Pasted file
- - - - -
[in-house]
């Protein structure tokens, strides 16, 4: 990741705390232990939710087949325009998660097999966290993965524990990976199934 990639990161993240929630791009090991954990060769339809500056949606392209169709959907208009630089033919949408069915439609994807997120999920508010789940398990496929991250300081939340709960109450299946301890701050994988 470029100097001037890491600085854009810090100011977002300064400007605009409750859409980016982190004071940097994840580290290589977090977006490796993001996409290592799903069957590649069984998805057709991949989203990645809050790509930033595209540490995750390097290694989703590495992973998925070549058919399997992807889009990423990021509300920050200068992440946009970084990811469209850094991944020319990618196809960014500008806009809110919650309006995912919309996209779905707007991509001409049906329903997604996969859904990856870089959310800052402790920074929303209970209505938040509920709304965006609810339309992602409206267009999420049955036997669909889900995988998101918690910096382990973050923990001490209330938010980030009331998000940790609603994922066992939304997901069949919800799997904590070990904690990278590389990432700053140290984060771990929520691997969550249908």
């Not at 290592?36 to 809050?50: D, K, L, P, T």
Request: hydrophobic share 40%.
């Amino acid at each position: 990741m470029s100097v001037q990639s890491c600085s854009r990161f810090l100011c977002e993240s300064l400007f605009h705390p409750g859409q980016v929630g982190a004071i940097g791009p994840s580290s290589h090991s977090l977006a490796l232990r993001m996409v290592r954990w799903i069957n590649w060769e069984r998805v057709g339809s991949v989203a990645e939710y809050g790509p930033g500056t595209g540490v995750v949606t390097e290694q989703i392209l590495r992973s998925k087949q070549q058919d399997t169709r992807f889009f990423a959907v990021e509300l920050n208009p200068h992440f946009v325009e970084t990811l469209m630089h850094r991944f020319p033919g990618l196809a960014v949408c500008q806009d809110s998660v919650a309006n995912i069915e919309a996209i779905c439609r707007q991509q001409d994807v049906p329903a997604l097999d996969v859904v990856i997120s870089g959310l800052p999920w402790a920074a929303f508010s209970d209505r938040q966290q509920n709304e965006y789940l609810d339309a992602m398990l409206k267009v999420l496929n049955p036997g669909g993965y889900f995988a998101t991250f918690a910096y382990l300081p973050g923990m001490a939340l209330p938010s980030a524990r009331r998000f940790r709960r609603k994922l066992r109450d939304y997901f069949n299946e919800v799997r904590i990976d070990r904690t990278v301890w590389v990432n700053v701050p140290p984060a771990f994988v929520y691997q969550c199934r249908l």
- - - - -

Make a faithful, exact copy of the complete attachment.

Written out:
[in-house]
């Protein structure tokens, strides 16, 4: 990741705390232990939710087949325009998660097999966290993965524990990976199934 990639990161993240929630791009090991954990060769339809500056949606392209169709959907208009630089033919949408069915439609994807997120999920508010789940398990496929991250300081939340709960109450299946301890701050994988 470029100097001037890491600085854009810090100011977002300064400007605009409750859409980016982190004071940097994840580290290589977090977006490796993001996409290592799903069957590649069984998805057709991949989203990645809050790509930033595209540490995750390097290694989703590495992973998925070549058919399997992807889009990423990021509300920050200068992440946009970084990811469209850094991944020319990618196809960014500008806009809110919650309006995912919309996209779905707007991509001409049906329903997604996969859904990856870089959310800052402790920074929303209970209505938040509920709304965006609810339309992602409206267009999420049955036997669909889900995988998101918690910096382990973050923990001490209330938010980030009331998000940790609603994922066992939304997901069949919800799997904590070990904690990278590389990432700053140290984060771990929520691997969550249908």
């Not at 290592?36 to 809050?50: D, K, L, P, T």
Request: hydrophobic share 40%.
């Amino acid at each position: 990741m470029s100097v001037q990639s890491c600085s854009r990161f810090l100011c977002e993240s300064l400007f605009h705390p409750g859409q980016v929630g982190a004071i940097g791009p994840s580290s290589h090991s977090l977006a490796l232990r993001m996409v290592r954990w799903i069957n590649w060769e069984r998805v057709g339809s991949v989203a990645e939710y809050g790509p930033g500056t595209g540490v995750v949606t390097e290694q989703i392209l590495r992973s998925k087949q070549q058919d399997t169709r992807f889009f990423a959907v990021e509300l920050n208009p200068h992440f946009v325009e970084t990811l469209m630089h850094r991944f020319p033919g990618l196809a960014v949408c500008q806009d809110s998660v919650a309006n995912i069915e919309a996209i779905c439609r707007q991509q001409d994807v049906p329903a997604l097999d996969v859904v990856i997120s870089g959310l800052p999920w402790a920074a929303f508010s209970d209505r938040q966290q509920n709304e965006y789940l609810d339309a992602m398990l409206k267009v999420l496929n049955p036997g669909g993965y889900f995988a998101t991250f918690a910096y382990l300081p973050g923990m001490a939340l209330p938010s980030a524990r009331r998000f940790r709960r609603k994922l066992r109450d939304y997901f069949n299946e919800v799997r904590i990976d070990r904690t990278v301890w590389v990432n700053v701050p140290p984060a771990f994988v929520y691997q969550c199934r249908l």